For Nikola Bogojevic, life has always been about wrestling. After winning a bronze medal at the Pan American Games in 2014 the then 23-year-old Greco-Roman wrestler was a legitimate prospect to represent the United States at the 2016 Olympics in Rio.
A trip to the Olympics would have been the pinnacle of achievement for Bogojevic, who was a legendary high school wrestler and had flirted with being selected to Team USA for the 2012 London Olympics.
Despite once again not being nameded to Team USA, Bogojevic’s career in wrestling was not over. Bogojevic’s focus shifted from amateur wrestling to the world of sports entertainment. The move paid off when WWE signed him in 2016. Four years later, Bogojevic, known to fans now simply as Otis, is one of the biggest personalities and stars in the company.
“I had a vision of [getting to this point],” Bogojevic told Yahoo Sports. “I’m not a big fan of the word goals. As the great Arnold Schwarzenegger says, you have to have a vision after you say the word goals. My vision was always the WrestleMania moment and entertaining everyone.”
While on the surface it may seem as if Bogojevich’s career switch was a fallback, the reality is that sports entertainment played a pivotal role in his childhood. An archived Team USA bio of Bogojevic from 2005 has the teen’s favorite athlete, video game, and movie listed as Brock Lesnar, “Smackdown vs. Raw,” and “Ready to Rumble,” respectively.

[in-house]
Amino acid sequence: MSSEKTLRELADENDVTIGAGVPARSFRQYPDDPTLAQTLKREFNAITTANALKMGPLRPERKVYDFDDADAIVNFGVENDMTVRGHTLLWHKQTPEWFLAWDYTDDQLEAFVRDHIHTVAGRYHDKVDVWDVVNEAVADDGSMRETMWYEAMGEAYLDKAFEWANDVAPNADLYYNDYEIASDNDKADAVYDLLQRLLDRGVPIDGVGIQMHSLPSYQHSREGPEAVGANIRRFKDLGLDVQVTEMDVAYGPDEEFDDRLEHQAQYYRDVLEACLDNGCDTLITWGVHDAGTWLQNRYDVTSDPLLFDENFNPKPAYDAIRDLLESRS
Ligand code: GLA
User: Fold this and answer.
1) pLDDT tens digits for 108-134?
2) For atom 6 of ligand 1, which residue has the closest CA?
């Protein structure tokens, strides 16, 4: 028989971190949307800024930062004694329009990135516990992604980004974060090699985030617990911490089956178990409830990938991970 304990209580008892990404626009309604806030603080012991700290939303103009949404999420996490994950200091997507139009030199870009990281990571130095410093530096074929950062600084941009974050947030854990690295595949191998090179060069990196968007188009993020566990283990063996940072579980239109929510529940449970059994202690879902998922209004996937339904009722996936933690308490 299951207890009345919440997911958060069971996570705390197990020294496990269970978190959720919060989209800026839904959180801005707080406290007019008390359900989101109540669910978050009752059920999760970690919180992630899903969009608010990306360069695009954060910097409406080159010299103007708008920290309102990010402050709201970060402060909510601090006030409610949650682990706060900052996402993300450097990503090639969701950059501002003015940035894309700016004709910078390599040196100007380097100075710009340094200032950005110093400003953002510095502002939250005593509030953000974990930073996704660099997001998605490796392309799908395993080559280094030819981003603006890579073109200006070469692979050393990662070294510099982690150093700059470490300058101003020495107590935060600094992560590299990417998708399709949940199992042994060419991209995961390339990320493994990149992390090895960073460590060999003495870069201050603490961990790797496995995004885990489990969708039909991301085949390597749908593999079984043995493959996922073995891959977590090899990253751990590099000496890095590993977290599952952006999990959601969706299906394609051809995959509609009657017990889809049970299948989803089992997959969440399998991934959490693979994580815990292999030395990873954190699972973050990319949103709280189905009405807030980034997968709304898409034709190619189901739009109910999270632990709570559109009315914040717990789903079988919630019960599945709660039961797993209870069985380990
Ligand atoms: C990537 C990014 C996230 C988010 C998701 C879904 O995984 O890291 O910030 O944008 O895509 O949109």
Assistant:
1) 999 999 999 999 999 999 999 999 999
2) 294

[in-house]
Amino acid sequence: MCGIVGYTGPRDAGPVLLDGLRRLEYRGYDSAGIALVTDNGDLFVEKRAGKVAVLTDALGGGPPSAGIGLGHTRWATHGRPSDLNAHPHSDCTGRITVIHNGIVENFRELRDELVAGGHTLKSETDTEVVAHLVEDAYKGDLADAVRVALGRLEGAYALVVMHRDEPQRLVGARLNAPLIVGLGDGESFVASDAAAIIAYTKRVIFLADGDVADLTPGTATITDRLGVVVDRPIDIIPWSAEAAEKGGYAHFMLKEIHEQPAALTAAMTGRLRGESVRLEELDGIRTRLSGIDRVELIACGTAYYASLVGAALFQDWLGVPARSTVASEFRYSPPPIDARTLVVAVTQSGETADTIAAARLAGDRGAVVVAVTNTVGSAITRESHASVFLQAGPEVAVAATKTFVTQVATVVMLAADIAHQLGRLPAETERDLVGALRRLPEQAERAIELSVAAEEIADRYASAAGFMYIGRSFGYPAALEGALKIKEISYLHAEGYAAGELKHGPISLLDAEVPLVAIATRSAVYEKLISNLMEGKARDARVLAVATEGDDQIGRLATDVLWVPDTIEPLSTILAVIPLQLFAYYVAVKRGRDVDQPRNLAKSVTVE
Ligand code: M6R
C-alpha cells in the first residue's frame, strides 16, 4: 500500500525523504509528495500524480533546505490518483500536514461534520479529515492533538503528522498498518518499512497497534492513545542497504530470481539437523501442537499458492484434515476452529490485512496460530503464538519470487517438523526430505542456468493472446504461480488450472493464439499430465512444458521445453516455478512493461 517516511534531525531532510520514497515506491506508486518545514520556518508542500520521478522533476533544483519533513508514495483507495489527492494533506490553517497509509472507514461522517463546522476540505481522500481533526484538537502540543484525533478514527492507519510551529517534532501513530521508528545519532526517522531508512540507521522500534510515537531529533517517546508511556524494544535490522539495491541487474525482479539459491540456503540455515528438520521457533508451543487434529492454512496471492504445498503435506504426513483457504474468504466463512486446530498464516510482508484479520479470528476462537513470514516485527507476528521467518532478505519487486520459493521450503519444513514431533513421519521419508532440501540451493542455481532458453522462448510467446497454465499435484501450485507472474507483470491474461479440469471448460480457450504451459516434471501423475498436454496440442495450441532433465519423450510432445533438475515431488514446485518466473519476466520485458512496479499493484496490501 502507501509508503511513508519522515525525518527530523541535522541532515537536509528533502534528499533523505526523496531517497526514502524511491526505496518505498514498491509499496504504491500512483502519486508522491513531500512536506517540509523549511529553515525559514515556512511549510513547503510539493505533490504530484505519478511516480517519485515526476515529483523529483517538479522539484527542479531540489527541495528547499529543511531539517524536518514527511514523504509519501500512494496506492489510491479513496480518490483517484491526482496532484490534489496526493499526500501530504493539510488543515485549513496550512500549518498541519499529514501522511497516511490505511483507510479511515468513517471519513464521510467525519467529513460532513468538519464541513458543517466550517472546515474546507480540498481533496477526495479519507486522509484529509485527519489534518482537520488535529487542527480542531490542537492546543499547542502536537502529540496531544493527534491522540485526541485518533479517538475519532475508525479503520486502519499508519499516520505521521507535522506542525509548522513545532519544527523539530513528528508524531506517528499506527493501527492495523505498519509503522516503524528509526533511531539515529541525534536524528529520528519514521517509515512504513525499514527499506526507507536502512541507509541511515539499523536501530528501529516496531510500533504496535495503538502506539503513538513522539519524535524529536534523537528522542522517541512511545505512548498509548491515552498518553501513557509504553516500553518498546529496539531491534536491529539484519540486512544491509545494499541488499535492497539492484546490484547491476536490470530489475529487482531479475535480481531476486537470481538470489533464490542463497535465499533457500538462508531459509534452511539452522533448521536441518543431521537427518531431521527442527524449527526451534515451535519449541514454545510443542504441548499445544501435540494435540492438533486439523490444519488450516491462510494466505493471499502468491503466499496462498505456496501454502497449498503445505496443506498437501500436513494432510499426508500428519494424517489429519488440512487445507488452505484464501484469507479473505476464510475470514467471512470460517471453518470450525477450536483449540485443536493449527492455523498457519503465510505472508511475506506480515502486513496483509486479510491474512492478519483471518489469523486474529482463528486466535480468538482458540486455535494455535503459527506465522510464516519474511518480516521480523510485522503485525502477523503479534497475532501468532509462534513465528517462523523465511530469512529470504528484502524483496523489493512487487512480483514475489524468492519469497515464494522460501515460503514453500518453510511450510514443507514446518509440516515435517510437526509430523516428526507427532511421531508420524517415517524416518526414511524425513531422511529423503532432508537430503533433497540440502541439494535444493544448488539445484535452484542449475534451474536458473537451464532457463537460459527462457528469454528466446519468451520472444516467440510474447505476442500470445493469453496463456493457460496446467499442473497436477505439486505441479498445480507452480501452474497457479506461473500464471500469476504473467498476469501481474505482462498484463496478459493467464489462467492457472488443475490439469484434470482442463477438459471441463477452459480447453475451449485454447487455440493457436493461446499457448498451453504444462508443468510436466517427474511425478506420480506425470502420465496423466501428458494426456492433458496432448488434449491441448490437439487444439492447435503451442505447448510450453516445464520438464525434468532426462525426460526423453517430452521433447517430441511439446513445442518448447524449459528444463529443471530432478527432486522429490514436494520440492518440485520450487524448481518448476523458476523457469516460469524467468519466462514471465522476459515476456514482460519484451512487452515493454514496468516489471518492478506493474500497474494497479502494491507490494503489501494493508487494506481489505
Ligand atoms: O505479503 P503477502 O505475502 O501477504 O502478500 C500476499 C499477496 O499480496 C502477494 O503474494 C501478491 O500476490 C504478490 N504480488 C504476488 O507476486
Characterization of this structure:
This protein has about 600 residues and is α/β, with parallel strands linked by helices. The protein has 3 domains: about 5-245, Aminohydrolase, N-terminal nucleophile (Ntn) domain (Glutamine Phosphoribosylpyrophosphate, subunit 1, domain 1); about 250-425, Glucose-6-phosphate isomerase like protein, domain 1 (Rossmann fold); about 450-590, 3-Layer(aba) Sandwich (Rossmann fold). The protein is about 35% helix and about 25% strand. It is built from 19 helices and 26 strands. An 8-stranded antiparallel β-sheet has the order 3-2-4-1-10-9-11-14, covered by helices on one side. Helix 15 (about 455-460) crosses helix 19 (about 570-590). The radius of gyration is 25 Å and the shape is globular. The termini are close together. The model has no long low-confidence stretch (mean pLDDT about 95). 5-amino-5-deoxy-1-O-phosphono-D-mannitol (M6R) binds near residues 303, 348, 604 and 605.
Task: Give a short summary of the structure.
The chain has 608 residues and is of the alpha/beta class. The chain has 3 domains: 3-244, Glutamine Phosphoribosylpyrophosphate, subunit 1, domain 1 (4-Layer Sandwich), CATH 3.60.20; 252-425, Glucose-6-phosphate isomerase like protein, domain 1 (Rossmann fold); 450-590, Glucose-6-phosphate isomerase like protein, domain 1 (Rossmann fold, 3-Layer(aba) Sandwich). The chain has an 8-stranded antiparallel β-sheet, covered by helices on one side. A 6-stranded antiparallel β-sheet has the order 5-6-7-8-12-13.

“I used to have pretend wrestling shows as a kid,” Bogojevic said. “I didn’t have a lot of friends growing up so I had my two wrestler dolls, I’d beat them up, have the stereo blasting in the basement, all these outfits I had. I always had that vision. For it to come true, that’s the thing you have to work for and keep pushing.”
Bogojevic’s childhood sounds like it could be pulled from any professional wrestling fan or anyone who aspires to work in the industry itself. Bogojevic’s ability to entertain and perform in the ring are two factors behind his huge push in WWE, but what also makes him a star in the eyes of the fans — the ultimate deciding factor in the business — is his passion and relatability.
In fact, if you take one look at him, you might be stunned to learn that the 5-foot-10, bearded, husky Bogojevic is in the same business as someone like Drew McIntyre or Lesnar. Understanding that he wouldn’t have the physique or “look” of your traditional professional wrestler, Bogojevic built his character on being “Blue Collar Solid” alongside his tag-team partner Tucker Knight, an All-American NCAA wrestler in his own right.
“You can’t really B.S. the fans, they see you as they see you, so if you’re trying to be somebody else, they know that,” Bogojevic said. “Generally, I don’t have a lot of insecurities. I used to wear a butcher singlet. The more and more I got comfortable with people, with 20,000 people, being in Madison Square Garden, I decided to drop the straps. With me, what you see is what you get. I don’t think about it much. I eat my food to keep up my training and performance, but if I’m feeling pizza or chicken wings, it’s gonna go down. If I’ve got it, I might as well flaunt it. It’s the power belly.”
Being “blue collar” or an “everyman” has always been something that works in professional wrestling.